Born to family of troublemakers, an Ohio boy defiantly carves out his own destiny in “a book that young adults and veteran readers alike are going to love” (Howard Frank Mosher). Jimmy Lee Hickam grew up along Red Dog Road, deep in Appalachian Ohio, in the poorest county in the poorest region of the state. To make things worse, he hails from a mix of thieves, moonshiners, and drunkards who for decades have clung to both the hardscrabble hills and the iron bars of every jail cell in the region. This life, Jimmy Lee believes, is his fate. Someday, he expects to wind up working with his alcoholic father at the sawmill—or sitting next to his arsonist brother in the penitentiary. There aren’t many options if your last name is Hickam.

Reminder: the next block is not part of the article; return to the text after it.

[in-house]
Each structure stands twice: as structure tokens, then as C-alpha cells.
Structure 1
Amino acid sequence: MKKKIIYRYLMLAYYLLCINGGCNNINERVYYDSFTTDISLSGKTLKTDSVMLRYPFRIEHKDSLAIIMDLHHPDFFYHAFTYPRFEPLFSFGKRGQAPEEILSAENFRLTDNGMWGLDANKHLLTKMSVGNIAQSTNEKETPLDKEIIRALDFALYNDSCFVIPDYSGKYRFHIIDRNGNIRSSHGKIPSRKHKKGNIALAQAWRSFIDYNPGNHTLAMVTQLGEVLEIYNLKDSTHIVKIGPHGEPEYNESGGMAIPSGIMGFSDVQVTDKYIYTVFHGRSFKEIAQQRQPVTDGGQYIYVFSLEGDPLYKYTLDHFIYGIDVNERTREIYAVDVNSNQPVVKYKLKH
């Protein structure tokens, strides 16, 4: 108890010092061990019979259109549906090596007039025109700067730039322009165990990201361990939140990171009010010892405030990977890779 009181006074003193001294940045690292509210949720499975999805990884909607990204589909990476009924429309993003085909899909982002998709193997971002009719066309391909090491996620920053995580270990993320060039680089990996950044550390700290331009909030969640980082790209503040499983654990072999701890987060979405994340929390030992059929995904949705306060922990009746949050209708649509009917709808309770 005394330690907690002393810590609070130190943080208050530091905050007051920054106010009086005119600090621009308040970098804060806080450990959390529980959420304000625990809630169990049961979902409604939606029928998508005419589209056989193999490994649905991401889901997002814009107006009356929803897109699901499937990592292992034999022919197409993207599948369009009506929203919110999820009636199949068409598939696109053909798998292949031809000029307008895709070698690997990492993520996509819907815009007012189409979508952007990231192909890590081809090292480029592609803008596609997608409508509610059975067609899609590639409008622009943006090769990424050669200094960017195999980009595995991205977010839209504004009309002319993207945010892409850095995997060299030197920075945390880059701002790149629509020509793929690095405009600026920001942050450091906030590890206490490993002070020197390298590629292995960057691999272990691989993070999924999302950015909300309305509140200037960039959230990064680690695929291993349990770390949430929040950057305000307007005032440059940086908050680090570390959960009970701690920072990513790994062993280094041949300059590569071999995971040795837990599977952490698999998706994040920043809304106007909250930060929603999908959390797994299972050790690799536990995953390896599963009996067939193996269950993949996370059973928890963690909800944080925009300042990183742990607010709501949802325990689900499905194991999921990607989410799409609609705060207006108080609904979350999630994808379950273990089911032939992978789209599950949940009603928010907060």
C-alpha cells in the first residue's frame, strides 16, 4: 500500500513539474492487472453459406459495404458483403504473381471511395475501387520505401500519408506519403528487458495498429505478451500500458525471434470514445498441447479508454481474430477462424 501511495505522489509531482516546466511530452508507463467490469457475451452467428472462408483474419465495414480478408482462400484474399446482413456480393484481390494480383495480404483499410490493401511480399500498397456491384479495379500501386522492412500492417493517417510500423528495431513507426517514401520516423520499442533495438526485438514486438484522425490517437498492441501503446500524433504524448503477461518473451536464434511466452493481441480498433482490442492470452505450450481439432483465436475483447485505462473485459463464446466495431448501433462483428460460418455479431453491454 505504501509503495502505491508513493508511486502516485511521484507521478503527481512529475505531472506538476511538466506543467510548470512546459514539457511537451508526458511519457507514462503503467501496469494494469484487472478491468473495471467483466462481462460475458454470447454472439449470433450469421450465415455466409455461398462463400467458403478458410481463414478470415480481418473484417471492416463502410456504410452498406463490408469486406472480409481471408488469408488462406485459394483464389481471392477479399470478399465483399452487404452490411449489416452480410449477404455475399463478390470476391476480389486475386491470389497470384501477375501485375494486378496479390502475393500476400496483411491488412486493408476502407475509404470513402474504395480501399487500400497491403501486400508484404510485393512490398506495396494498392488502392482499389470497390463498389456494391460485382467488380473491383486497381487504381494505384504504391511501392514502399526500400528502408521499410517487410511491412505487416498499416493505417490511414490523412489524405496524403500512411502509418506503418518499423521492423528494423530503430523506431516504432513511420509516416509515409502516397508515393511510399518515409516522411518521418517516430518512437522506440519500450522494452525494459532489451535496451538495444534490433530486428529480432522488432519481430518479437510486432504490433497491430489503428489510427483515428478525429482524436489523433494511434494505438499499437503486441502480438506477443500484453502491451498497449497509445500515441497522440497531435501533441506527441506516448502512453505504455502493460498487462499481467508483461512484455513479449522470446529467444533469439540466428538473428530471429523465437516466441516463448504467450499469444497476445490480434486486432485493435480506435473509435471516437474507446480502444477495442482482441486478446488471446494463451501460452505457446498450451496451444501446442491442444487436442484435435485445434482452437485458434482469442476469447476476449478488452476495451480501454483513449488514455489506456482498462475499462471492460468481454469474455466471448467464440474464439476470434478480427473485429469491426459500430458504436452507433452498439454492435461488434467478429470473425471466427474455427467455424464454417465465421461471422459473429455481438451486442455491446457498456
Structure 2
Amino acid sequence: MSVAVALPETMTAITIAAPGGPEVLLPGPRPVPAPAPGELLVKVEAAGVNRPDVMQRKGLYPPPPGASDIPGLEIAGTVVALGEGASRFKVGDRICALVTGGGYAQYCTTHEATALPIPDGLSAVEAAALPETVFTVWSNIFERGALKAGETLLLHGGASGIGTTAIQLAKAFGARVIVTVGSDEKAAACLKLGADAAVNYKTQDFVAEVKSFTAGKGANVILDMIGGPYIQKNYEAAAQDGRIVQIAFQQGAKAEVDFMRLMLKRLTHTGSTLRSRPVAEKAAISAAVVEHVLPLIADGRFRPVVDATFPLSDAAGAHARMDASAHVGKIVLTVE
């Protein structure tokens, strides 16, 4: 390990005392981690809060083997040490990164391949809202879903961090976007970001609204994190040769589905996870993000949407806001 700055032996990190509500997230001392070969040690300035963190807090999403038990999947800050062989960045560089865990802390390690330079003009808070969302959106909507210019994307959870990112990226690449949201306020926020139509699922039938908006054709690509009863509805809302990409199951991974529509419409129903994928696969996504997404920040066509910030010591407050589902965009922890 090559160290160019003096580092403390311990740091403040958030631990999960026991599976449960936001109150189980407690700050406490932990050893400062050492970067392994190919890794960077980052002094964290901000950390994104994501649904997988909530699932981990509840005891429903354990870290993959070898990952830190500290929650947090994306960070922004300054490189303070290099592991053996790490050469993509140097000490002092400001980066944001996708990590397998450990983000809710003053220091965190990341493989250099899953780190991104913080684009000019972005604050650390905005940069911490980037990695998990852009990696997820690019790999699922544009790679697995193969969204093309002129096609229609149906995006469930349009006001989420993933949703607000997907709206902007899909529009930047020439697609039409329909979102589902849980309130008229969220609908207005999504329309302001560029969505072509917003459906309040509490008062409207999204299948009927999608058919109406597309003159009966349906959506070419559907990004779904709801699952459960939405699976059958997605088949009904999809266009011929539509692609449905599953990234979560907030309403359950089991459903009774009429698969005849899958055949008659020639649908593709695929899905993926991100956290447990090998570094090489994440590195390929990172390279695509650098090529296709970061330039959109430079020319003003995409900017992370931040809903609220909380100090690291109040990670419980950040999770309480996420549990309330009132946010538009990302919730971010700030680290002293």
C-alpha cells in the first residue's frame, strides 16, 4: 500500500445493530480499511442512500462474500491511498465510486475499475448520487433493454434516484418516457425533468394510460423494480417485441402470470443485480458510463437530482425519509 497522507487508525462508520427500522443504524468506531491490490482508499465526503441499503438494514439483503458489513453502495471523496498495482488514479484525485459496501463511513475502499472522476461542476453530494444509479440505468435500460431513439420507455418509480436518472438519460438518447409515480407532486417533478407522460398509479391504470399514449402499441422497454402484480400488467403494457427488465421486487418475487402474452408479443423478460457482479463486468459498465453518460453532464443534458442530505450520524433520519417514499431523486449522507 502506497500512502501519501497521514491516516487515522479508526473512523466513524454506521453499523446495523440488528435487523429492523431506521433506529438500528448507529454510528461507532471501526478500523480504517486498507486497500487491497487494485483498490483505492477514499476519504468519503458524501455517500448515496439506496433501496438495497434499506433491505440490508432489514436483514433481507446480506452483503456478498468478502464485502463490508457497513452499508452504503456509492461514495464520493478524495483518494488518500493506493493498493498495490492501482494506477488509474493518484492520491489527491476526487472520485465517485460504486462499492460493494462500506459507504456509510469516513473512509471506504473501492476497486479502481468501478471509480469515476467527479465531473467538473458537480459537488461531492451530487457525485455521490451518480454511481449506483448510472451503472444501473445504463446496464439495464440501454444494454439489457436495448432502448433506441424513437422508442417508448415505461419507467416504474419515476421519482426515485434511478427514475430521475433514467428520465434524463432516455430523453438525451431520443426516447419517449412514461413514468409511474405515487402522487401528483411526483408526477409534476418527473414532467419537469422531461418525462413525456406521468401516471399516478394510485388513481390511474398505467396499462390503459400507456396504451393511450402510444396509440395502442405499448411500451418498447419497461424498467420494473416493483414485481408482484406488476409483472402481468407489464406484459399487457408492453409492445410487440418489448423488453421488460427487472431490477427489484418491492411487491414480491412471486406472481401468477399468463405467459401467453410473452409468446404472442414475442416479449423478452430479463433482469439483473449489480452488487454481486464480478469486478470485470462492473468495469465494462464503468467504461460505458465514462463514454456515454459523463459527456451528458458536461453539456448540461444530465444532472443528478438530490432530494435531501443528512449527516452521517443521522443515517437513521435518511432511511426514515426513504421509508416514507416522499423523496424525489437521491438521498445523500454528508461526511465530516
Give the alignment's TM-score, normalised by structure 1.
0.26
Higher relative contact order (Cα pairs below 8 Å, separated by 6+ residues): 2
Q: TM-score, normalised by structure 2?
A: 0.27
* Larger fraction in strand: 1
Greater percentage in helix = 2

If not for an inspiring coach and Jimmy Lee’s ability to play football, he would not have returned for his junior year in high school. After his English teacher cuts Jimmy Lee a break, preserving his eligibility for the coming football season, he rewards her with a winning essay in the high school writing contest. And when irate parents and administration claim he must have cheated, his teacher becomes more determined than ever—to take Jimmy Lee’s writing talent as far as it can go, and show him the path out of the hills of Appalachia.
“Like Annie Proulx, Richard Russo, and Richard Ford, Robin Yocum knows how to stake out a claim to a very particular part of America and make it uniquely his own” (Howard Frank Mosher).